Visiting United Nations Headquarters in New York City
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Looking for a unique place to visit to enrich your knowledge of humanity and peacekeeping? Then you must visit the United Nations headquarters.
Situated in Turtle Bay on the east side of Manhattan, surrounded by lakes, foreign consulates, and business buildings, the United Nations Headquarters is placed in an important and busy district of New York City demonstrating the United States’ leading role in the charter. Find out how to visit and what to expect in this post.
Tickets and the tour
To visit the significant parts of the United Nations, every visitor has to go with a tour guide from the headquarters.
You can purchase your tickets on a walk-in basis, but because of the popularity of the tour and limited availability, I recommend that you book your tickets online here in advance.
How to get to the United Nations Headquarters for the tour
There are buses taking you within walking distance of the United Nations. Once you arrive, you need to get your security sticker at the Visitor Entrance at 801 1st Avenue. Pay or show your entrance ticket there and go through security across the street. Once you pass through, you will see the headquarters building to enter.
Once you are in the building, head to the opposite end of the first floor to meet your guide, who will walk you through the important parts of the United Nations. The tour lasts for 60 minutes.
The official tour consists of visiting principal organs of the United Nations, including the UN Security Council, Economic and Social Council, Trustee Council, and the exhibitions and gifts section.
During the tour, the guide explains the purpose of each chamber and the exhibition, and highlights the important parts of certain features.
The Security Council chamber is always responsible for maintaining the world’s security and peace, as well as accepting new members. There, I have learned that it has 15 member states with five permanent members, and 10 rotated members every two years based on geographic representation. A bill is passed when 9/15 members vote yes.
Additionally, the windows on both sides are used for simultaneous interpretations, meaning that the meeting is translated into six languages at the same time.
The UN Economic and Social Council was the most interesting part of the tour as I have a background in both economics and social science. Unfortunately, the council chamber was not open to us during my visit because an important meeting was taking place there. Our tour guide talked to another worker for a few minutes and they eventually decided to let us walk through the chamber without noise and pictures. Imagine how exciting it would be if we could sit there and listen to the meetings that address economic and social issues.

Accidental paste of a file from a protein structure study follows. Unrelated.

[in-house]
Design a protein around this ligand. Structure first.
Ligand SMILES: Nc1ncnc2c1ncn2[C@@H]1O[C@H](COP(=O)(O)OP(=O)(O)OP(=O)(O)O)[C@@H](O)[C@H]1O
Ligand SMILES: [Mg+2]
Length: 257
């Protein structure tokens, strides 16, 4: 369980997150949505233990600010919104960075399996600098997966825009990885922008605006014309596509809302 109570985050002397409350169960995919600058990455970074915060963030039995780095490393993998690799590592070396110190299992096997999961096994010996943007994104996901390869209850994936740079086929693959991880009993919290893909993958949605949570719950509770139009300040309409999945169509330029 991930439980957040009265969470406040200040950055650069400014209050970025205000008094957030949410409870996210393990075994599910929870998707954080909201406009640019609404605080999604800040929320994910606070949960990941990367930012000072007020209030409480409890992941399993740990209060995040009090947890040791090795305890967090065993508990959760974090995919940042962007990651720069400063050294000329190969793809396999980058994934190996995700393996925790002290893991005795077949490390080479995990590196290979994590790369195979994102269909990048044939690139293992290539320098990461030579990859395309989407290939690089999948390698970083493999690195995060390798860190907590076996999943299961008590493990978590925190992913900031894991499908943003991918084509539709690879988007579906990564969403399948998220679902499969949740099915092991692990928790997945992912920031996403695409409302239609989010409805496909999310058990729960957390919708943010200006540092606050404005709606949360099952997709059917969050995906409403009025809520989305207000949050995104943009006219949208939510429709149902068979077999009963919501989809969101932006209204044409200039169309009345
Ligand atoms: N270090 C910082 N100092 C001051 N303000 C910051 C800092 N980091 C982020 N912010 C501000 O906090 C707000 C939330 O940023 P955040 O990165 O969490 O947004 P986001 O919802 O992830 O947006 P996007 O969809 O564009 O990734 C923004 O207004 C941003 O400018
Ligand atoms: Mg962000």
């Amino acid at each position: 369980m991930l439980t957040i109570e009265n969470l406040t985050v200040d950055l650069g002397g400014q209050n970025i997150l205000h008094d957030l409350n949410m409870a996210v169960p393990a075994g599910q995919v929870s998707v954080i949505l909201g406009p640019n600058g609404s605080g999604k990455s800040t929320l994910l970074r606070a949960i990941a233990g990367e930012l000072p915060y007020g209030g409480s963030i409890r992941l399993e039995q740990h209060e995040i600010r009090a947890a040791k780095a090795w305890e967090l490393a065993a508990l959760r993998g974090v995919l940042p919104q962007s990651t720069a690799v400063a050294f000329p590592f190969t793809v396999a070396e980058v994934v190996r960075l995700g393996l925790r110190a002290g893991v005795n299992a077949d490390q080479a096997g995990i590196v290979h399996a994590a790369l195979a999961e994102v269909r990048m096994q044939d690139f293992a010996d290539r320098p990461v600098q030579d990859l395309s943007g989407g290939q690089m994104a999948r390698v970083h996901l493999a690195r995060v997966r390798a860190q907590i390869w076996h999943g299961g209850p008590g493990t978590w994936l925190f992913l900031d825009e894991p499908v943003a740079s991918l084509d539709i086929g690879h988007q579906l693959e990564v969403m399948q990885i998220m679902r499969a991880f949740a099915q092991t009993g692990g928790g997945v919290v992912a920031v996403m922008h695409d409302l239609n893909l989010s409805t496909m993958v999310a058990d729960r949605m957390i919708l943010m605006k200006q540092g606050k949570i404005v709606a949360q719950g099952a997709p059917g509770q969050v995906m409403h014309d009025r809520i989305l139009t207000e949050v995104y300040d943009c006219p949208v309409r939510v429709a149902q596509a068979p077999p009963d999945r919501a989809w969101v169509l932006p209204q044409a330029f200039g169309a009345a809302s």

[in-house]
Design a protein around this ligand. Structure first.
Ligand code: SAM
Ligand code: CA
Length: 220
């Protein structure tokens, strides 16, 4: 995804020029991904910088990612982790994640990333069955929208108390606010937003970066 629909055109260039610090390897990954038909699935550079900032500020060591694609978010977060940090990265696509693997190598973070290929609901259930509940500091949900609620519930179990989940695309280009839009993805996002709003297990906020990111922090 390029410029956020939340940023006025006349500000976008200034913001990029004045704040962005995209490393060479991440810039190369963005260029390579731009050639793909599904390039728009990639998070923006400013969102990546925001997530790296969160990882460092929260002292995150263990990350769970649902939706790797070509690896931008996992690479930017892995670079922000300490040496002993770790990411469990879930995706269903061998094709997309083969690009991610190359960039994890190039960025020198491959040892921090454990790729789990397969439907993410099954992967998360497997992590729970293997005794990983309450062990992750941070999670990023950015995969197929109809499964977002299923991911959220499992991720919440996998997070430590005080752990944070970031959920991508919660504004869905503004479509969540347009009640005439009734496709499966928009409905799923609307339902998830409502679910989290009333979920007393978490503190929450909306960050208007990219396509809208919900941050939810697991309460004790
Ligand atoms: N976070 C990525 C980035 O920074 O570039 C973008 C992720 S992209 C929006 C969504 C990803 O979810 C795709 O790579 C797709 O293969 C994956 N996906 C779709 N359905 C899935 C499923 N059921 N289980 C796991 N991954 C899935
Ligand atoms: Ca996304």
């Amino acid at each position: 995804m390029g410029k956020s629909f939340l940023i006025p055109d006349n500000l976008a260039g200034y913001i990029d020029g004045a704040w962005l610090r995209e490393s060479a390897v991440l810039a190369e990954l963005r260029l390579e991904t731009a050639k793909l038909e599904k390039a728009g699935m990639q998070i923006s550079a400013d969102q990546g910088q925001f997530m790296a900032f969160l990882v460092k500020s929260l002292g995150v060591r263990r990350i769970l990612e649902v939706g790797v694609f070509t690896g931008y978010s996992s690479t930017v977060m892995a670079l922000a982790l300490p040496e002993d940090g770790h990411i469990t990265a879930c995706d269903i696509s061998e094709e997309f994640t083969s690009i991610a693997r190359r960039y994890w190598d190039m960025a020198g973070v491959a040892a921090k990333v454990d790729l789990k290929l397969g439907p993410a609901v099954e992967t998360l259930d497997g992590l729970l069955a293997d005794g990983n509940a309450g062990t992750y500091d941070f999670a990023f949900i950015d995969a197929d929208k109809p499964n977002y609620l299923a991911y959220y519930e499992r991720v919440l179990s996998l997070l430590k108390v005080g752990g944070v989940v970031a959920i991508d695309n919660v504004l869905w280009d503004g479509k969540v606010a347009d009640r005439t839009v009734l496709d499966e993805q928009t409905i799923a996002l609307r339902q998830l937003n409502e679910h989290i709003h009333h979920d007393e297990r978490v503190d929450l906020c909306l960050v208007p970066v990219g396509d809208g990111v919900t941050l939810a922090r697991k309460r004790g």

In between the tour of the council chambers, our guide took us to the various exhibitions of human rights and disbarment that reveal the horrors of landmine-inflicted areas and weapons of mass destruction. The amount of daily worldwide spending on weapons is shocking. It also reveals how destructive war and weapons can be.
The last part of the tour was visiting parts of the building containing artwork and gifts from around the world. Among them, the replica of the Buddhist bell was especially appealing, and it reminded me of my time in Thailand seeing many similar pieces from a distance.
Upon finishing the tour, you are welcome to have coffee and refreshments on the ground floor in case you are hungry.
The building was completed in 1952 on 17 acres of land that was financed by John D. Rockefeller. While walking around the headquarters building, you can see the non-violent sculptures and Sphere by Spheres designed by Italian artists. The building also faces the East River waterfront, makes it a great walk after the tour.
I really enjoyed my tour and getting to know more about the work the United Nations does. The guided tour was not long but it offered me a glimpse of behind the scenes of the United Nations and seeing rare parts of the building that is only opened to visitors and people that work there. I always wondered what it is like to be there and even dreamed of working there, and I am glad that I got the chance to visit there once.
Have you visited United Nations Headquarters? Share your experience below.
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